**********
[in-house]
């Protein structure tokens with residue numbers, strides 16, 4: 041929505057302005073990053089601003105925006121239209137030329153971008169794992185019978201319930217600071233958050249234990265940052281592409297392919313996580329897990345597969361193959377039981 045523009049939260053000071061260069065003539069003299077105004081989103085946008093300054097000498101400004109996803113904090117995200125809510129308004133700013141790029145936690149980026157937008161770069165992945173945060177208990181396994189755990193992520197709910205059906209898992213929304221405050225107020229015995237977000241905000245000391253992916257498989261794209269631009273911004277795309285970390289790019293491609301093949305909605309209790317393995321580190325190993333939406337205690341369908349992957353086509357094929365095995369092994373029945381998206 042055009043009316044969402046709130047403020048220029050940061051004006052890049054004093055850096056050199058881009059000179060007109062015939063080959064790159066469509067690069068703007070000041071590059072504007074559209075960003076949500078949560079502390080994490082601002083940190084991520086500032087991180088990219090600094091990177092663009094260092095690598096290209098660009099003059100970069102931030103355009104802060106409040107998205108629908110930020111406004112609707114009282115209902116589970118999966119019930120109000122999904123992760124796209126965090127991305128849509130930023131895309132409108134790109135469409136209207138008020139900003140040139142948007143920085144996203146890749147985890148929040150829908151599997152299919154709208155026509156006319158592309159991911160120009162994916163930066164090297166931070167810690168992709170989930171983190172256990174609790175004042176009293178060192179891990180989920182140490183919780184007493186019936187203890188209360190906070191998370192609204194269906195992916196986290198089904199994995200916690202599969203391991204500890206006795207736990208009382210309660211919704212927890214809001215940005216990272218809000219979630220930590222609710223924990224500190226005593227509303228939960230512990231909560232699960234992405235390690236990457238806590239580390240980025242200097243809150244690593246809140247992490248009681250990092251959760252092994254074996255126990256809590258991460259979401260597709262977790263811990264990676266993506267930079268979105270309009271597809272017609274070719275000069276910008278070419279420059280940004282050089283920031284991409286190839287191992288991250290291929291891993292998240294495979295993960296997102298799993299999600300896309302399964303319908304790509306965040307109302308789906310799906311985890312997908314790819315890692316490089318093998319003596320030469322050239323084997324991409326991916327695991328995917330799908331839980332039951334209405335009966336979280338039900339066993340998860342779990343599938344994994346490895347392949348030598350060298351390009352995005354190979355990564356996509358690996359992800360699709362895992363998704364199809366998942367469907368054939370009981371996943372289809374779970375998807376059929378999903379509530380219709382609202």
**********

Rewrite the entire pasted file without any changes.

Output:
[in-house]
């Protein structure tokens with residue numbers, strides 16, 4: 041929505057302005073990053089601003105925006121239209137030329153971008169794992185019978201319930217600071233958050249234990265940052281592409297392919313996580329897990345597969361193959377039981 045523009049939260053000071061260069065003539069003299077105004081989103085946008093300054097000498101400004109996803113904090117995200125809510129308004133700013141790029145936690149980026157937008161770069165992945173945060177208990181396994189755990193992520197709910205059906209898992213929304221405050225107020229015995237977000241905000245000391253992916257498989261794209269631009273911004277795309285970390289790019293491609301093949305909605309209790317393995321580190325190993333939406337205690341369908349992957353086509357094929365095995369092994373029945381998206 042055009043009316044969402046709130047403020048220029050940061051004006052890049054004093055850096056050199058881009059000179060007109062015939063080959064790159066469509067690069068703007070000041071590059072504007074559209075960003076949500078949560079502390080994490082601002083940190084991520086500032087991180088990219090600094091990177092663009094260092095690598096290209098660009099003059100970069102931030103355009104802060106409040107998205108629908110930020111406004112609707114009282115209902116589970118999966119019930120109000122999904123992760124796209126965090127991305128849509130930023131895309132409108134790109135469409136209207138008020139900003140040139142948007143920085144996203146890749147985890148929040150829908151599997152299919154709208155026509156006319158592309159991911160120009162994916163930066164090297166931070167810690168992709170989930171983190172256990174609790175004042176009293178060192179891990180989920182140490183919780184007493186019936187203890188209360190906070191998370192609204194269906195992916196986290198089904199994995200916690202599969203391991204500890206006795207736990208009382210309660211919704212927890214809001215940005216990272218809000219979630220930590222609710223924990224500190226005593227509303228939960230512990231909560232699960234992405235390690236990457238806590239580390240980025242200097243809150244690593246809140247992490248009681250990092251959760252092994254074996255126990256809590258991460259979401260597709262977790263811990264990676266993506267930079268979105270309009271597809272017609274070719275000069276910008278070419279420059280940004282050089283920031284991409286190839287191992288991250290291929291891993292998240294495979295993960296997102298799993299999600300896309302399964303319908304790509306965040307109302308789906310799906311985890312997908314790819315890692316490089318093998319003596320030469322050239323084997324991409326991916327695991328995917330799908331839980332039951334209405335009966336979280338039900339066993340998860342779990343599938344994994346490895347392949348030598350060298351390009352995005354190979355990564356996509358690996359992800360699709362895992363998704364199809366998942367469907368054939370009981371996943372289809374779970375998807376059929378999903379509530380219709382609202």